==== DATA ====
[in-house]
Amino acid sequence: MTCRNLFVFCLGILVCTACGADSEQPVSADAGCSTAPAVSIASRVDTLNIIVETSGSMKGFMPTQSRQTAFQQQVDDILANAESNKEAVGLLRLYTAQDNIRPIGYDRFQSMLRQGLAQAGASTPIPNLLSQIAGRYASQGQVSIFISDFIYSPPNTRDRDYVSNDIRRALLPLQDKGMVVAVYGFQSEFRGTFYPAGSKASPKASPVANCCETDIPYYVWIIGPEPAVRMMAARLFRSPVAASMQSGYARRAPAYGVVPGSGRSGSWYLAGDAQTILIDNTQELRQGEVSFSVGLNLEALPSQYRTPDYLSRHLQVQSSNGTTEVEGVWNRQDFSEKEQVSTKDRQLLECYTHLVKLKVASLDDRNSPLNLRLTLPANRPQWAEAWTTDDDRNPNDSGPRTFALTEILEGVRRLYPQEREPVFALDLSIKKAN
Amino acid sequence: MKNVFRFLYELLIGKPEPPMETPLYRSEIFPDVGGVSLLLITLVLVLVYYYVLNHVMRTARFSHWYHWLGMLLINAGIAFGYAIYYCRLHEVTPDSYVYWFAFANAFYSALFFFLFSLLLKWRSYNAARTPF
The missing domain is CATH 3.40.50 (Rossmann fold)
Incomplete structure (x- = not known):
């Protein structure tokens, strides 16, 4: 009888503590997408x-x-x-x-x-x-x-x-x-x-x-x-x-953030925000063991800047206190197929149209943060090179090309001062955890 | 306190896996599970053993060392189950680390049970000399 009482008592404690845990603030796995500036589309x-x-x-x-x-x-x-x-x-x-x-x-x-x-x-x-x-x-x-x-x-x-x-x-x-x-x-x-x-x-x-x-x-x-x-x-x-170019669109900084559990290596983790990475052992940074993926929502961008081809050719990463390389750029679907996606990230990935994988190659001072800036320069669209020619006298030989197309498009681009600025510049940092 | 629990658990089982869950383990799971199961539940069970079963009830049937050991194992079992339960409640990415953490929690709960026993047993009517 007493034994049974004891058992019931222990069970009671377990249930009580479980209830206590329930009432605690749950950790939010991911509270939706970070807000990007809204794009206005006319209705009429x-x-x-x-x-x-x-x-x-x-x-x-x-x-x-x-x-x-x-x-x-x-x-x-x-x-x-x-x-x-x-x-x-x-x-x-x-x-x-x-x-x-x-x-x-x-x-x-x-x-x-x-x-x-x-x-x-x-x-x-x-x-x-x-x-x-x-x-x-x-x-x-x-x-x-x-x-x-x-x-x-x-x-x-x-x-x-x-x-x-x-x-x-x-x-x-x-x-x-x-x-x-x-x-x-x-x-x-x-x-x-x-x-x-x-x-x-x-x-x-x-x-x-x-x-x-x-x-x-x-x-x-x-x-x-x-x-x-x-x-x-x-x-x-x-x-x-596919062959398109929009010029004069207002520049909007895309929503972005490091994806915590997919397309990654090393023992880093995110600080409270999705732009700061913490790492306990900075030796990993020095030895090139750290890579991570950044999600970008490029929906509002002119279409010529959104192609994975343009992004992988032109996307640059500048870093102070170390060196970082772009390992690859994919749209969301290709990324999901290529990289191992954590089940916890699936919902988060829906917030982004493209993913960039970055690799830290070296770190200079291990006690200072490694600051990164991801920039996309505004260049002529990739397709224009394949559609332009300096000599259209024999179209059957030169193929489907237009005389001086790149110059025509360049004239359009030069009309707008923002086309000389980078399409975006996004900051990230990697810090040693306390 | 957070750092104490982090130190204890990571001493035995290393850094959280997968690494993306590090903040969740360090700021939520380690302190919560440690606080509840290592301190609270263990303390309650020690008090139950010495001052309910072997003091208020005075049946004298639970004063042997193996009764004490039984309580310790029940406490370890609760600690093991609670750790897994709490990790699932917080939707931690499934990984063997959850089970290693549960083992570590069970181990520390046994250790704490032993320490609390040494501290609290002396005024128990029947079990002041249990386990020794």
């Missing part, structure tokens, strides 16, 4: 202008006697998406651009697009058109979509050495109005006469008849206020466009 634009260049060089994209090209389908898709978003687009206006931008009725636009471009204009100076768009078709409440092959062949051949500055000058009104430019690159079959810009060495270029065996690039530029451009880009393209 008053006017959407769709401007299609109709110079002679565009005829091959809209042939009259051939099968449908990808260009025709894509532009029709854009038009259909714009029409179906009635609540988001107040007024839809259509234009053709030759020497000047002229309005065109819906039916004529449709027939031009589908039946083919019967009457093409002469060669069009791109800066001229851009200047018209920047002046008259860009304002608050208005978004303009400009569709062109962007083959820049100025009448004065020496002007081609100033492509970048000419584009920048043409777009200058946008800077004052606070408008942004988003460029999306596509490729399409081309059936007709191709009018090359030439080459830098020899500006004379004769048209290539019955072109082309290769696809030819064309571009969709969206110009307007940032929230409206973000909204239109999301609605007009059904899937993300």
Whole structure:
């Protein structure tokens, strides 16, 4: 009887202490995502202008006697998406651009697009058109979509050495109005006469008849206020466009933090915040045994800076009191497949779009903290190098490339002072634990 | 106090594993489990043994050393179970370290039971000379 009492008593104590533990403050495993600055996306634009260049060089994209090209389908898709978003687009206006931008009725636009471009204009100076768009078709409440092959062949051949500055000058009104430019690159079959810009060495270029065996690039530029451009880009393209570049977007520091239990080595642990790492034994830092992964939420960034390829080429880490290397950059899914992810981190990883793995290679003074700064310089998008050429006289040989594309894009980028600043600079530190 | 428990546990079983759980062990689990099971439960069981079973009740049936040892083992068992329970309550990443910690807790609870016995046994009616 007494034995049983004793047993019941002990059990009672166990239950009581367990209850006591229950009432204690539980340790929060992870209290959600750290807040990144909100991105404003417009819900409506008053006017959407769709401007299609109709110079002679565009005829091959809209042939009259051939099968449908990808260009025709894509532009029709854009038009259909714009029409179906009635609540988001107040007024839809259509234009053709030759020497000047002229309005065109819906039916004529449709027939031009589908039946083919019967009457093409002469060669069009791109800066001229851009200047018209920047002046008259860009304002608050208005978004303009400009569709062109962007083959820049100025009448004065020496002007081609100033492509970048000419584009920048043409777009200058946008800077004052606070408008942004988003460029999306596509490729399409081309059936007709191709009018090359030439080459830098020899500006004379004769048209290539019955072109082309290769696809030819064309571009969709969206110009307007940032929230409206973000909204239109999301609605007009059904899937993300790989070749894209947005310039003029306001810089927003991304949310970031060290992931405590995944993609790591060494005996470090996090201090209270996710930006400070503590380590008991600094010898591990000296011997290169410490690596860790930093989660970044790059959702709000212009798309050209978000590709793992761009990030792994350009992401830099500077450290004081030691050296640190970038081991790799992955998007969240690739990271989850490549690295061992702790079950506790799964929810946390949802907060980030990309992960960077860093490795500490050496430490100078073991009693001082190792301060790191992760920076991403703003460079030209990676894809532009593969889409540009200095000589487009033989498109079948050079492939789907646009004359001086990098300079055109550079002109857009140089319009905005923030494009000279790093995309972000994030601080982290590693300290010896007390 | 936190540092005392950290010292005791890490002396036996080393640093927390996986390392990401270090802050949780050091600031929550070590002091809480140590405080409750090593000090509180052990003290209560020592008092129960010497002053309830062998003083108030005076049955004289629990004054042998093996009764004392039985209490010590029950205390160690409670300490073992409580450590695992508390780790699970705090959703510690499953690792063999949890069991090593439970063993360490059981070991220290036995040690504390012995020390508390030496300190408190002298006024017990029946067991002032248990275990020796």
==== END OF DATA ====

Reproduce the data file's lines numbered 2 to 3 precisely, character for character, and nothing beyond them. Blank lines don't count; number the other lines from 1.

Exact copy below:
Amino acid sequence: MTCRNLFVFCLGILVCTACGADSEQPVSADAGCSTAPAVSIASRVDTLNIIVETSGSMKGFMPTQSRQTAFQQQVDDILANAESNKEAVGLLRLYTAQDNIRPIGYDRFQSMLRQGLAQAGASTPIPNLLSQIAGRYASQGQVSIFISDFIYSPPNTRDRDYVSNDIRRALLPLQDKGMVVAVYGFQSEFRGTFYPAGSKASPKASPVANCCETDIPYYVWIIGPEPAVRMMAARLFRSPVAASMQSGYARRAPAYGVVPGSGRSGSWYLAGDAQTILIDNTQELRQGEVSFSVGLNLEALPSQYRTPDYLSRHLQVQSSNGTTEVEGVWNRQDFSEKEQVSTKDRQLLECYTHLVKLKVASLDDRNSPLNLRLTLPANRPQWAEAWTTDDDRNPNDSGPRTFALTEILEGVRRLYPQEREPVFALDLSIKKAN
Amino acid sequence: MKNVFRFLYELLIGKPEPPMETPLYRSEIFPDVGGVSLLLITLVLVLVYYYVLNHVMRTARFSHWYHWLGMLLINAGIAFGYAIYYCRLHEVTPDSYVYWFAFANAFYSALFFFLFSLLLKWRSYNAARTPF